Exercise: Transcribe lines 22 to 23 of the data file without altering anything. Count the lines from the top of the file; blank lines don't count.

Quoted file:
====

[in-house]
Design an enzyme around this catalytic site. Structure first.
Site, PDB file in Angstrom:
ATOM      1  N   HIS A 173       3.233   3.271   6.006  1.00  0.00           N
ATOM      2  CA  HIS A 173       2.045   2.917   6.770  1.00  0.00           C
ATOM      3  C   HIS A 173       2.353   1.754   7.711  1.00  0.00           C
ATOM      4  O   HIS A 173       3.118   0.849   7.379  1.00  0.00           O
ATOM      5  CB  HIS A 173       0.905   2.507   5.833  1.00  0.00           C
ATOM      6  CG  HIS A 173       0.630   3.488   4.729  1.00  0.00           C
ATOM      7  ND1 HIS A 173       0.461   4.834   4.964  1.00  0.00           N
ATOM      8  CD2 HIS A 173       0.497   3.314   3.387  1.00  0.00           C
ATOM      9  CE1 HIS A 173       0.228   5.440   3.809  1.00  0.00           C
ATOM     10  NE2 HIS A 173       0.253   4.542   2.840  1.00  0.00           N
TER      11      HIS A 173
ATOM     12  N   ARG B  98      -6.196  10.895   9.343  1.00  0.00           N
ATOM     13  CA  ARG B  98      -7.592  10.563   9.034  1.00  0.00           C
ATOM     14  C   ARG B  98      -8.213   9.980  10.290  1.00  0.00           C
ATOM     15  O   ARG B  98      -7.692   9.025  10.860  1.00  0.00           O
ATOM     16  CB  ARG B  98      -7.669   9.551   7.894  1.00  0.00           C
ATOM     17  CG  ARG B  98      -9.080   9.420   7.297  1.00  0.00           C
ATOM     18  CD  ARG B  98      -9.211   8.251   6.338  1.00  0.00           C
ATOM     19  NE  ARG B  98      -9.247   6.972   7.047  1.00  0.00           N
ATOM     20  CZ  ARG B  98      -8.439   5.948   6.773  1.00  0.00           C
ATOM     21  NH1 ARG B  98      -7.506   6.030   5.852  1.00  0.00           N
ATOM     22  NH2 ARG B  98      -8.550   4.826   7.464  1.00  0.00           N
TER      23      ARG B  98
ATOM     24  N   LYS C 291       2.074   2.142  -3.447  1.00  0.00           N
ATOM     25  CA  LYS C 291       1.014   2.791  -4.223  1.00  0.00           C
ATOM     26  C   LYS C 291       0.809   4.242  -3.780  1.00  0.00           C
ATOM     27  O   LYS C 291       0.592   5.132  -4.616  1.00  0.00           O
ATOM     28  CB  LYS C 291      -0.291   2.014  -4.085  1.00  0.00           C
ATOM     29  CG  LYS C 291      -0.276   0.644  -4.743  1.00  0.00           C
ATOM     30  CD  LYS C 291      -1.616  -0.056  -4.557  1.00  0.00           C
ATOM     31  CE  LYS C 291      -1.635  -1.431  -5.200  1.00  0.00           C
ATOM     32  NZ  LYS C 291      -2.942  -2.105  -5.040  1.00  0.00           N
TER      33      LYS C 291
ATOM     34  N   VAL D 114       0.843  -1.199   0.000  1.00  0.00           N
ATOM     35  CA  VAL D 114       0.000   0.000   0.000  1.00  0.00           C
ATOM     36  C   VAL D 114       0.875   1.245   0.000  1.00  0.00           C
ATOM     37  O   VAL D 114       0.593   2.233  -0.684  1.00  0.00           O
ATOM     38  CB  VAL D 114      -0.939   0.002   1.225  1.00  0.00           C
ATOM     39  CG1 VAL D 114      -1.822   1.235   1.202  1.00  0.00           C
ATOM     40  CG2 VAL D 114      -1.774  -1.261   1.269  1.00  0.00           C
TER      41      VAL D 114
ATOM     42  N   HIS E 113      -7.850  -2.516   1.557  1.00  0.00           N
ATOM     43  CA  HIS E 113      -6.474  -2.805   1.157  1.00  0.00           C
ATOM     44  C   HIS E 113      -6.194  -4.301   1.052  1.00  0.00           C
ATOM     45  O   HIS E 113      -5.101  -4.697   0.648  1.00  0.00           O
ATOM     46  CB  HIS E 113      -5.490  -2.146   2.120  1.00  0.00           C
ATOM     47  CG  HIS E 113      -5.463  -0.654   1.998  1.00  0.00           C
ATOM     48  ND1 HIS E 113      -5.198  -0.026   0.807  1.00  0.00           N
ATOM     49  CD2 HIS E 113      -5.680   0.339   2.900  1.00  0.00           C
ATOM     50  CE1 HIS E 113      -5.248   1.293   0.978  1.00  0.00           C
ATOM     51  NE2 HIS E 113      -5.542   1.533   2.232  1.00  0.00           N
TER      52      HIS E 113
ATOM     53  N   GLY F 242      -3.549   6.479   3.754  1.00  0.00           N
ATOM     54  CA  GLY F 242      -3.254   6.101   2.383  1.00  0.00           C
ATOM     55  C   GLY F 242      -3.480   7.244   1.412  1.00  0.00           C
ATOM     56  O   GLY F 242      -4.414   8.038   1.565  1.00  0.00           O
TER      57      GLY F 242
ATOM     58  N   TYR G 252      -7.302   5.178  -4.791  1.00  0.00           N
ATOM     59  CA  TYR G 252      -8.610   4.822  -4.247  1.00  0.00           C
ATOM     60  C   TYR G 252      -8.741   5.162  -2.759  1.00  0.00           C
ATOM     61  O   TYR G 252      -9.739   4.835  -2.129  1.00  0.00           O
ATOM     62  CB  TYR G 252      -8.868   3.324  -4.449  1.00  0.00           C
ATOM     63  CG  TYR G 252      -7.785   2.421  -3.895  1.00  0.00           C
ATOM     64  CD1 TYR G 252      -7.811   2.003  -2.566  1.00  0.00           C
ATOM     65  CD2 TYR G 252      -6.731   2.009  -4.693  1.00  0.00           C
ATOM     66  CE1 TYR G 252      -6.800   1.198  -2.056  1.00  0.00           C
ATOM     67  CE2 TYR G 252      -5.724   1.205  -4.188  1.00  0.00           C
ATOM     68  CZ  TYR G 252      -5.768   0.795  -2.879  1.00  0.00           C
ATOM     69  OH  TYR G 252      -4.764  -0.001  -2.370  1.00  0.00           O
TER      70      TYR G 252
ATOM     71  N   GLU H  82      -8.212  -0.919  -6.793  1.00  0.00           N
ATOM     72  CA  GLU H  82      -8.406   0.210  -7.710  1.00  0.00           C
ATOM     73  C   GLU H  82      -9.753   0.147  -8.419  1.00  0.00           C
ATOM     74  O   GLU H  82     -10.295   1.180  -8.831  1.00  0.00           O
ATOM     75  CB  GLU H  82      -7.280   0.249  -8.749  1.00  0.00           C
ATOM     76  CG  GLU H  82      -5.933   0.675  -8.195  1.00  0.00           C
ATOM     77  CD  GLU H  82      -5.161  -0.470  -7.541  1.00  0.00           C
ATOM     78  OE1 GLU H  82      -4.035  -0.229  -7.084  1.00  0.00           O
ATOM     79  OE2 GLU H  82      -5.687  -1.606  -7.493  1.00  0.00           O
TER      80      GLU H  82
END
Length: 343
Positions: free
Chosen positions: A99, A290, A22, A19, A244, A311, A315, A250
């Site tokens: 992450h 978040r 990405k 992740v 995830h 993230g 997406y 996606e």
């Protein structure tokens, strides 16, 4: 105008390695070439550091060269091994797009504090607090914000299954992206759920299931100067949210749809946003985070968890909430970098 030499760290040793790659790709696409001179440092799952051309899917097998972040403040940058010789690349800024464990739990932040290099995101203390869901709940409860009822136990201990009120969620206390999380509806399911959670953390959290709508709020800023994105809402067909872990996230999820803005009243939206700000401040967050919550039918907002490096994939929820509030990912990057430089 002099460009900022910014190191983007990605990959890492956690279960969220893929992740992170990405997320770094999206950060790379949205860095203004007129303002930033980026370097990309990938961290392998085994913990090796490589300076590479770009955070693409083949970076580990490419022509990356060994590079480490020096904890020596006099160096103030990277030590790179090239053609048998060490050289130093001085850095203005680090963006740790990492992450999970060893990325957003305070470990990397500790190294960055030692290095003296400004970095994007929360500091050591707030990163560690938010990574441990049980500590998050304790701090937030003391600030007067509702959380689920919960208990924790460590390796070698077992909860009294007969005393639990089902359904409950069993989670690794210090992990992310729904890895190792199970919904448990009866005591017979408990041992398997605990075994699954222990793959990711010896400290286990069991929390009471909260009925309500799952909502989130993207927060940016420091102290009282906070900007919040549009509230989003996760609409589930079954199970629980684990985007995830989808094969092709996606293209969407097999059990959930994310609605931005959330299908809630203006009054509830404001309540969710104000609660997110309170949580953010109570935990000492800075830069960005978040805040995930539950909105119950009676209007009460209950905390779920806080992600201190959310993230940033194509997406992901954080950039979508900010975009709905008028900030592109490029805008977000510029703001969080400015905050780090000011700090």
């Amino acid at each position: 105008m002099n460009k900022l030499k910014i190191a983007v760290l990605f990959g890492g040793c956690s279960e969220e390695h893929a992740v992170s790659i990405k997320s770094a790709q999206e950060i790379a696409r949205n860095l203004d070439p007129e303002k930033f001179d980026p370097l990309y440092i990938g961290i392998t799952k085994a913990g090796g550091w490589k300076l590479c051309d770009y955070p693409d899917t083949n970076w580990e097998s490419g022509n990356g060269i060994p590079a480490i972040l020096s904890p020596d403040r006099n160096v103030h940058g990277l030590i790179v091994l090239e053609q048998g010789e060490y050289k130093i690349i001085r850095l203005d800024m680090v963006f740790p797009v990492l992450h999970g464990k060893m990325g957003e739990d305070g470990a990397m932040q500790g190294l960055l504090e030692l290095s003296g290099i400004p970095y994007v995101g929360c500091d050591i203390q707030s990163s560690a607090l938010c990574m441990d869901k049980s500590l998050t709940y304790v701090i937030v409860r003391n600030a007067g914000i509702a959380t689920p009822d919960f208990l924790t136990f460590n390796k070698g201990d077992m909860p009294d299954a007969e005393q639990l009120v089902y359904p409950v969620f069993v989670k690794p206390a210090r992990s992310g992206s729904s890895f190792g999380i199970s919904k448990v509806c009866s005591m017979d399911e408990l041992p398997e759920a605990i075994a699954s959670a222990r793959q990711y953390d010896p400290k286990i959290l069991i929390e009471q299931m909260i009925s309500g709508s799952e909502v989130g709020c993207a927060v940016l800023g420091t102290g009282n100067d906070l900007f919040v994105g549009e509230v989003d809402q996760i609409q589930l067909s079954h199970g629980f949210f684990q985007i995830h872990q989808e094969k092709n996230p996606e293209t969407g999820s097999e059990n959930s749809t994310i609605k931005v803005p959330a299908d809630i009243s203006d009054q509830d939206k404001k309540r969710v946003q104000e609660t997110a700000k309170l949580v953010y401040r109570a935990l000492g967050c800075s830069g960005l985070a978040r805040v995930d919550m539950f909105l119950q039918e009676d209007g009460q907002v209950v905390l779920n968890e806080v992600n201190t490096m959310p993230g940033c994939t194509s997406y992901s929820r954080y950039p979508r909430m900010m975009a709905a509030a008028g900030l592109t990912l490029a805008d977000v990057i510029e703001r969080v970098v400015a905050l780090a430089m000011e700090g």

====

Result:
ATOM     19  NE  ARG B  98      -9.247   6.972   7.047  1.00  0.00           N
ATOM     20  CZ  ARG B  98      -8.439   5.948   6.773  1.00  0.00           C